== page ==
From MainSt 10/21/14
Homeowners can save thousands of dollars when they work with counselor to get their mortgages modified and decrease their odds of defaulting again.
A new study for NeighborWorks America by the Urban Institute determined that homeowners were able to avoid spending millions of dollars annually because of the National Foreclosure Mitigation Counseling (NFMC) program. Homeowners working with NFMC program counselors are nearly three times more likely to obtain a mortgage modification and are nearly twice as likely to get their mortgage back on track without a modification.
After working with counselors, homeowners are 60% less likely to re-default after curing a serious delinquency and able to complete short sales faster than homeowners who don’t work with counselors.
The research is based on analysis of nearly 240,000 homeowners with outcomes observed through June 2013. More than 1.8 million homeowners have been helped by the NFMC program, administered by NeighborWorks America since it began in March 2008.
“Whether measured by benefits to homeowners through more likely mortgage modifications, sustainability of those modification or mortgage cures, the research answers all housing counseling benefit questions with a resounding ‘yes,’” said acting CEO Chuck Wehrwein of NeighborWorks America, the Washington, D.C.-based trainer of community development and affordable housing professionals.
The research shows that homeowners were able to cure delinquent mortgages more frequently with the assistance of an NFMC counselor than owners who do not receive such help. Servicers also likely saved lost revenues by having performing loans back on their balance sheets.
“The bottom line for the servicing industry is that housing counseling saves them time and money,” he said. “Servicers that increase their partnership with NFMC program counselors are benefiting their shareholders and mortgage customers.”
Once a homeowner is 45 days delinquent on his mortgage, it is a warning sign that he is headed for serious problems and is at a higher risk of foreclosure, said Matt Ribe, director of legislative affairs for the National Foundation for Credit Counseling (NFCC) based in Washington, D.C.
“It depends on your servicer, but I recommend working with counselor to get as current on your mortgage payment as soon as possible,” he said.
Now that the backlog of cases from the recession has subsided, mortgage servicing companies are catching up on their older cases. Being delinquent on your mortgage for one to two years is no longer a realistic expectation, Ribe said.
Working with the servicer as much as possible will help resolve the issue better.
“Homeowners mistakenly believe that nothing good can come from it,” he said.
While the process can be intimidating due to the enormous amount of paperwork involved, a counselor can help homeowners understand fill out and submit the necessary forms throughout the process, Ribe said.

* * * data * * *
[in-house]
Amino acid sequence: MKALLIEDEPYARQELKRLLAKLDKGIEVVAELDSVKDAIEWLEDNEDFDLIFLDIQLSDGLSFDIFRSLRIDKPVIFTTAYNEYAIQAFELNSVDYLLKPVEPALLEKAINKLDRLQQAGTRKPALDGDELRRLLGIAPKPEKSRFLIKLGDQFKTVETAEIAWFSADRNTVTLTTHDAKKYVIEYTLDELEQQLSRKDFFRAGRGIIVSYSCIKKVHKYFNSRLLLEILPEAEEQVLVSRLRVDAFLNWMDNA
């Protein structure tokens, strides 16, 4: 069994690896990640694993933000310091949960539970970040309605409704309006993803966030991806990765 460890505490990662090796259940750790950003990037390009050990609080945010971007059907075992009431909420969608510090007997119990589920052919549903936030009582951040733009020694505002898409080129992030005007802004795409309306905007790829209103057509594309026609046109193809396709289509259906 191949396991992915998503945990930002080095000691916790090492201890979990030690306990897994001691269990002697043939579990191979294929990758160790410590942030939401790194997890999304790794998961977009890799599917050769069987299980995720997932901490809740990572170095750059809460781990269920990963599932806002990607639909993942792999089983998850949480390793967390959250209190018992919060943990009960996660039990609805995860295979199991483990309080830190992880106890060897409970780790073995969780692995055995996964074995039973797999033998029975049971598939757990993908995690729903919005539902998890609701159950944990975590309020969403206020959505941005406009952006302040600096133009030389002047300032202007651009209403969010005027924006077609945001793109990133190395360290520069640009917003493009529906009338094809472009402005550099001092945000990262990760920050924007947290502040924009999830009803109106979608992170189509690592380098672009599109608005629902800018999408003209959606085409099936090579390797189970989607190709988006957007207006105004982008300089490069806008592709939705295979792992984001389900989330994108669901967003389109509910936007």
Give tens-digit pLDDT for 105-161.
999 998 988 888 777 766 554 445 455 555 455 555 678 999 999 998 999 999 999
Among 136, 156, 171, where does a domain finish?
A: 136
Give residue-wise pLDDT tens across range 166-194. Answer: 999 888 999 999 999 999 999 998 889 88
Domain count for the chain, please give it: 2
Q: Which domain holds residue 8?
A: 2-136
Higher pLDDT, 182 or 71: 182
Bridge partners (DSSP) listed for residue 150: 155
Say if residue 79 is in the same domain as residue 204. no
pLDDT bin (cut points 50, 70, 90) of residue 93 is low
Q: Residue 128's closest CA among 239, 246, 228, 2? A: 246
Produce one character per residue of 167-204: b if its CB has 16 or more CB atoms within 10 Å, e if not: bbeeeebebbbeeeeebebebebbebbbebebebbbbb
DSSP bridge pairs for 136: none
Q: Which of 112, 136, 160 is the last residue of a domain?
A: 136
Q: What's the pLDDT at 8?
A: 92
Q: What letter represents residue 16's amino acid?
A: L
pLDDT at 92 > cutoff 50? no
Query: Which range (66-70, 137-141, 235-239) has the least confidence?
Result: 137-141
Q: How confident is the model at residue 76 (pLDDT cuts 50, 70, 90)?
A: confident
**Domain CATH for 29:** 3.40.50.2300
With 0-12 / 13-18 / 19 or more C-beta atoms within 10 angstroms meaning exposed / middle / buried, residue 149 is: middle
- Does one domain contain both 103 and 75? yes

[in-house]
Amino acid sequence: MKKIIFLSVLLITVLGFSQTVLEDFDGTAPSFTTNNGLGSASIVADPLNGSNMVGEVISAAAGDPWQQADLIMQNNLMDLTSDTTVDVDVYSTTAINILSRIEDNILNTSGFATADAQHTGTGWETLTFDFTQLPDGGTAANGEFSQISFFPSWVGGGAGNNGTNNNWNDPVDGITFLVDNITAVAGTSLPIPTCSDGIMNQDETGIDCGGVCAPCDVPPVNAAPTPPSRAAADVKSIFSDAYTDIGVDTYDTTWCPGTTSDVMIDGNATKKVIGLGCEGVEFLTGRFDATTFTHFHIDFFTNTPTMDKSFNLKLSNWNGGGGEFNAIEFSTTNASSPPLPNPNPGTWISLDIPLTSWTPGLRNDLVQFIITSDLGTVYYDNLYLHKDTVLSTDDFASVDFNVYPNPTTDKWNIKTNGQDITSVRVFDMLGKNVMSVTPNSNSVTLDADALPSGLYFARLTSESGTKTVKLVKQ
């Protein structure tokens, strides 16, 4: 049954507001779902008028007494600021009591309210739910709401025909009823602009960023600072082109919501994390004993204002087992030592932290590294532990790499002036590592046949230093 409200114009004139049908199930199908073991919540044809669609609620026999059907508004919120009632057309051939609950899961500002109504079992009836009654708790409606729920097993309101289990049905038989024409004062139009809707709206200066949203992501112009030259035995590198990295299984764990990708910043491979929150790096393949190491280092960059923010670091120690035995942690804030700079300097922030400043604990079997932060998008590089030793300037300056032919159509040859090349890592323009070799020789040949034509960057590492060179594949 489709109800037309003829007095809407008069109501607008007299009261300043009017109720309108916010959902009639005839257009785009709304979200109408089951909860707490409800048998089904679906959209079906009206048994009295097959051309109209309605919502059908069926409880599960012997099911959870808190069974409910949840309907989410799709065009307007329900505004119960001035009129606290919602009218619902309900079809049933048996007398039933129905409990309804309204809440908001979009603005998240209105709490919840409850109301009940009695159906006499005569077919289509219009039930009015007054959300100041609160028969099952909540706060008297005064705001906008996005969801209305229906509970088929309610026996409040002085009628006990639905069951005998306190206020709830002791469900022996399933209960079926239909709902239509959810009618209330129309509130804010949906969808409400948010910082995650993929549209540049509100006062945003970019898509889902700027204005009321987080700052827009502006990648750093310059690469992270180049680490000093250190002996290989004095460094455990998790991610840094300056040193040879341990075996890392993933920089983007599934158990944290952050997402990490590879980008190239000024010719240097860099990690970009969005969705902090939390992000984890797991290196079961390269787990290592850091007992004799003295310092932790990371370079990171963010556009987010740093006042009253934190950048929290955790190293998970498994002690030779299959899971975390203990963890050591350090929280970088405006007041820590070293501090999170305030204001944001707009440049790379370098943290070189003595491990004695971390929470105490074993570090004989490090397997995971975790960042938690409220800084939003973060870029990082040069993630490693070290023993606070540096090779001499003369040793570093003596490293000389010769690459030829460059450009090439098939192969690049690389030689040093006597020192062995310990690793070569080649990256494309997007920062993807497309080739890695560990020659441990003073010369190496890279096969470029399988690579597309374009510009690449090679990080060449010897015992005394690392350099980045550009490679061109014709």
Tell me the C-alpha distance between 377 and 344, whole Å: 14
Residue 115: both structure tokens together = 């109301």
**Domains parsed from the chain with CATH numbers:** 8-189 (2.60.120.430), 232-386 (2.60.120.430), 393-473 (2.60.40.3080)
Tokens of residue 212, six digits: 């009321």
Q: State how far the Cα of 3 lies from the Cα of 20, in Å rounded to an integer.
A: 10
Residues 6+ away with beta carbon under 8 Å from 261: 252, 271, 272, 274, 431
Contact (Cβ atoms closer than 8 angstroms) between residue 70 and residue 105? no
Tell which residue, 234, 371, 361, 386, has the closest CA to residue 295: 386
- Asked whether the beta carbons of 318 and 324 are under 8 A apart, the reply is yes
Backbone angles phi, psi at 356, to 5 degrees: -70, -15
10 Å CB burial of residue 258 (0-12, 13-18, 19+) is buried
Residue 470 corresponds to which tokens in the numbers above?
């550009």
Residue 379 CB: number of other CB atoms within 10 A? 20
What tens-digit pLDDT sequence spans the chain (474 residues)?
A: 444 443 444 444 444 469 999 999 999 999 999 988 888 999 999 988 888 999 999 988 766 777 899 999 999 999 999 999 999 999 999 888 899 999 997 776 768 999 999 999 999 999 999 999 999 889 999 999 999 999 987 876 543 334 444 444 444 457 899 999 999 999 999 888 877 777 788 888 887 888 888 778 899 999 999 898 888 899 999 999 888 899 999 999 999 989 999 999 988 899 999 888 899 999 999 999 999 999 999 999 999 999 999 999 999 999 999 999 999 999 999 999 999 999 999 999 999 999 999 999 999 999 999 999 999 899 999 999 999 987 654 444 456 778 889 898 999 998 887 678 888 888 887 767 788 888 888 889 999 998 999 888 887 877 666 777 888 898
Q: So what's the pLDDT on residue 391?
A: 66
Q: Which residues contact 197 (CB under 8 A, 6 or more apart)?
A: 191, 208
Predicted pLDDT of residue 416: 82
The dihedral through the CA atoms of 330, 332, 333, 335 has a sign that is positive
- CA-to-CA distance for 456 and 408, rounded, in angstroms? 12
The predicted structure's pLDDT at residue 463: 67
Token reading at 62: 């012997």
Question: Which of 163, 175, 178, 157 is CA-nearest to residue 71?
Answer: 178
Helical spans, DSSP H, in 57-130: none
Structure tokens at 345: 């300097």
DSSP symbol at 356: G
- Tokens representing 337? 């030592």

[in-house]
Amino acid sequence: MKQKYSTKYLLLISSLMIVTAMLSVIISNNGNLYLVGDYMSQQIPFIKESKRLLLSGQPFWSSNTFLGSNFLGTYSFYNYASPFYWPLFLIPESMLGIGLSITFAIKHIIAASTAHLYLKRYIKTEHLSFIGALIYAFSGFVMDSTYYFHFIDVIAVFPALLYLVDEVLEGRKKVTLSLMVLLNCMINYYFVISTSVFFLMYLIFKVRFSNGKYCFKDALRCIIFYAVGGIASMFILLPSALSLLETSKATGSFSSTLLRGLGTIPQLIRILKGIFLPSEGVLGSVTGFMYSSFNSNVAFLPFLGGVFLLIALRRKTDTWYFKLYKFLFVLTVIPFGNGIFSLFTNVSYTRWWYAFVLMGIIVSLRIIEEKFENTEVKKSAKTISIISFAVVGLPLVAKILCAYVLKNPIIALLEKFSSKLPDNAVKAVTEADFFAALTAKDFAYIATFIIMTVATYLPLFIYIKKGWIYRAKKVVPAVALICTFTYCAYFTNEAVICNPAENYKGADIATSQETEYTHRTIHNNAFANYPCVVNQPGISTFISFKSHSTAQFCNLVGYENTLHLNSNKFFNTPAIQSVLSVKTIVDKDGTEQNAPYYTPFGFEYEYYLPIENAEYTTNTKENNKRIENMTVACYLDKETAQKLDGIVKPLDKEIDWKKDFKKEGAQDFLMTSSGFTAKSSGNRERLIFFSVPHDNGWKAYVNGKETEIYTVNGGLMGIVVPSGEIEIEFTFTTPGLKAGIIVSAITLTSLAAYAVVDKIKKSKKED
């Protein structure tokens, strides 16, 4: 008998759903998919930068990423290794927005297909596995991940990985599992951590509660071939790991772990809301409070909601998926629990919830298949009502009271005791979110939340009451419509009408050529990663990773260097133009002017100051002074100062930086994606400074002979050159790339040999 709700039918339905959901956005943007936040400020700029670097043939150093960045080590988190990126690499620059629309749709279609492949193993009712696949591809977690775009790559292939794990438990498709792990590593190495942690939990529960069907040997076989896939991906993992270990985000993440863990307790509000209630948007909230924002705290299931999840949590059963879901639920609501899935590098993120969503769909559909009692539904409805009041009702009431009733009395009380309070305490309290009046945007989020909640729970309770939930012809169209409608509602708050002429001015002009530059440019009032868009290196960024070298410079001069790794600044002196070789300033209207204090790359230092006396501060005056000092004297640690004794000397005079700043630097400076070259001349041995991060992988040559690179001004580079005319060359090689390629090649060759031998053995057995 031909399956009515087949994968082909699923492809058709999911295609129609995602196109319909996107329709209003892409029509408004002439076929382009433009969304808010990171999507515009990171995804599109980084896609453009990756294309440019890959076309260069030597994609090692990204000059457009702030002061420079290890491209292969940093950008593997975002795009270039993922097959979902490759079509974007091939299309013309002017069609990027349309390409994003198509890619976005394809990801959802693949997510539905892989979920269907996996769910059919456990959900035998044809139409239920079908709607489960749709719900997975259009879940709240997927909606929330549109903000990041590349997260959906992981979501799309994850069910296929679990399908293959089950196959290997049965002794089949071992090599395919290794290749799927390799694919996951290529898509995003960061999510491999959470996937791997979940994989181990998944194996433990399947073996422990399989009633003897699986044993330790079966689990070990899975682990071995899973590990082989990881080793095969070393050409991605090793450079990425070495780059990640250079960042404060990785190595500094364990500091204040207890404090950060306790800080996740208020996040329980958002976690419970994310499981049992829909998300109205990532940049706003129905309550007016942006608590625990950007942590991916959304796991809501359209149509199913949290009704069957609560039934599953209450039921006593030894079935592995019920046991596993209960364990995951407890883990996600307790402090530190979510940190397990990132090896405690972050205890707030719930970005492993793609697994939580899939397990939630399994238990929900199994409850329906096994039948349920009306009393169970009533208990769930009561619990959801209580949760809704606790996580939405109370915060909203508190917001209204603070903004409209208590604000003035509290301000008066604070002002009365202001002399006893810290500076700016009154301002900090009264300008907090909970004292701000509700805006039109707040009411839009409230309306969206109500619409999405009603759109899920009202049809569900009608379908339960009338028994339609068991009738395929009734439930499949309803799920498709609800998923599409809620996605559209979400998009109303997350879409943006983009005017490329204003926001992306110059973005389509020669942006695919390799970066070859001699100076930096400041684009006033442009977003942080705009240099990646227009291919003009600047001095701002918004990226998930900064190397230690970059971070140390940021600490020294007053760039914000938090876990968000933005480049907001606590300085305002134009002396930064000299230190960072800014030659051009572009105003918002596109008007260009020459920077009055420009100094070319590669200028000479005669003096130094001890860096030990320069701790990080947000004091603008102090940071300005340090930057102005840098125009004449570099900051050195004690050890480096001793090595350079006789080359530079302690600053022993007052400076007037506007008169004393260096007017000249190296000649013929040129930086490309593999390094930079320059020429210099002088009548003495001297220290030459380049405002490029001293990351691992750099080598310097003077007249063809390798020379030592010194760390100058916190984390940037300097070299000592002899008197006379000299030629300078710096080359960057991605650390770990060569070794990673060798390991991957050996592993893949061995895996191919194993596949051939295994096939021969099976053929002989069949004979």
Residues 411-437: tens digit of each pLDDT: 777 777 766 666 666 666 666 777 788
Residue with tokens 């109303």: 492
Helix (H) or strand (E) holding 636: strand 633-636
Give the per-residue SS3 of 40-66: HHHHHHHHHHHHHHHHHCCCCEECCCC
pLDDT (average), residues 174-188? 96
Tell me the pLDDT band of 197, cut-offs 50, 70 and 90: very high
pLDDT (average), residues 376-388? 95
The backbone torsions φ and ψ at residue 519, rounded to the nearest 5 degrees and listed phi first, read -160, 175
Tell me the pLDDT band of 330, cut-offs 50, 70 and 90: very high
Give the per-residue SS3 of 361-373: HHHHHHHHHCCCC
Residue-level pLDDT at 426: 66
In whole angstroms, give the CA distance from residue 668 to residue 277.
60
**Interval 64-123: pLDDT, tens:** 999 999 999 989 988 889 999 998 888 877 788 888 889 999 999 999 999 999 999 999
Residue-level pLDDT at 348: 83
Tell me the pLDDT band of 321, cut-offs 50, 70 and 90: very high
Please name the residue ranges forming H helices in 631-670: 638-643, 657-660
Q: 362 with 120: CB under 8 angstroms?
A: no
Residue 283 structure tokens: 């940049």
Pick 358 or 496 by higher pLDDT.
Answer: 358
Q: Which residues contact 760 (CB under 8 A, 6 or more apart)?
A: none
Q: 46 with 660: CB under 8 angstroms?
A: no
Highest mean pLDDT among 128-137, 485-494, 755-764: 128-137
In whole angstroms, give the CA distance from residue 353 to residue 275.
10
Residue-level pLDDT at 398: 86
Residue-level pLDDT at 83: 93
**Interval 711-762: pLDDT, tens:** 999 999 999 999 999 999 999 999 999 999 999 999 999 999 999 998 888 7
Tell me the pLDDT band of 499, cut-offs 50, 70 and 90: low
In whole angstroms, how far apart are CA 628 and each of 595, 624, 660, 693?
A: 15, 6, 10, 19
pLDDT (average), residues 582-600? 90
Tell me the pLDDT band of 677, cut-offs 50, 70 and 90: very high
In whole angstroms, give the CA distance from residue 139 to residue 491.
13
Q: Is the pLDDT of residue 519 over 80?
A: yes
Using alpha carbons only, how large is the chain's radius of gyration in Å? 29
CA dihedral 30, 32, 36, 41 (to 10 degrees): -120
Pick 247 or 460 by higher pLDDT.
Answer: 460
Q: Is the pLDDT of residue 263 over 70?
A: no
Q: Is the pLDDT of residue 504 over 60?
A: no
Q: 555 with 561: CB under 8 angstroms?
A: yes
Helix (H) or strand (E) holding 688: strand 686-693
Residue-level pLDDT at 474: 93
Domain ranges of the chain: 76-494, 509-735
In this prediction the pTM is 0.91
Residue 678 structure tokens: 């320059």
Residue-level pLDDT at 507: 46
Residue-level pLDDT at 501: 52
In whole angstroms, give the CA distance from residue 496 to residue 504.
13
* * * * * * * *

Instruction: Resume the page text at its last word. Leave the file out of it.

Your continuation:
“The counselor works with these issues on a regular basis, so they can walk you through the process and understand the legal language and requirements,” he said. “They can put all the information into context.”
One option is for homeowners to use the Home Affordable Modification Program (HAMP), a government program which can extend a mortgage to 40 years from the date of the modification and the interest rate will be lowered. It is designed for a homeowner in crisis to lower payments as soon possible while keeping the loan positively amortizing, Ribe said.
“The hope is that after a certain period of time, the program will help the homeowner increase their cash flow, decrease other debt and think about refinancing their mortgage into a lower rate,” he said.
HAMP accepts homeowners based on their current debt to income ratio and sets up a plan to extend the term of the loan and to reduce the amount of the payment.
Homeowners can also reach out to their mortgage servicer or lender, who also has their own loan modification programs.
One critical measurement of all the programs is how to determine the current value of the home especially if the value has declined and the owner owes on the mortgage than the home is worth, known as being underwater.
Short sales are still a good option for homeowners who are not able to secure a principal reduction in the mortgage and still owe more than the house is worth.
“This can be a powerful option for people if they can find a buyer willing to take the house,” Ribe said. “It sort of lets them start over.”
Working with a counselor can give owners more options and achieve the most “affordable and sustainable option as possible,” and helps reduce the number of people who defaulted again, he said.
“I would recommend that before they make any decision, they should work with a HUD certified housing counselor to discuss their options and the implications,” Ribe said. All NFCC counselors are certified financial counselors and work with people regardless of their ability of pay.
Since buying a home is something that most people only do once or twice in their lives, there is no question that homeowners whose mortgages are in default or at risk of default should look for assistance as soon as possible, said David Reiss, professor of law at Brooklyn Law School in New York.
“Losing their home is something that most never do at all, so to think that going it alone is the best strategy is a mistake,” he said. “Foreclosure counselors know the range of options available to borrowers and may have access to more direct lines of communication with lenders. They also will have a better sense of when to complain to regulators about bad behavior by lenders.”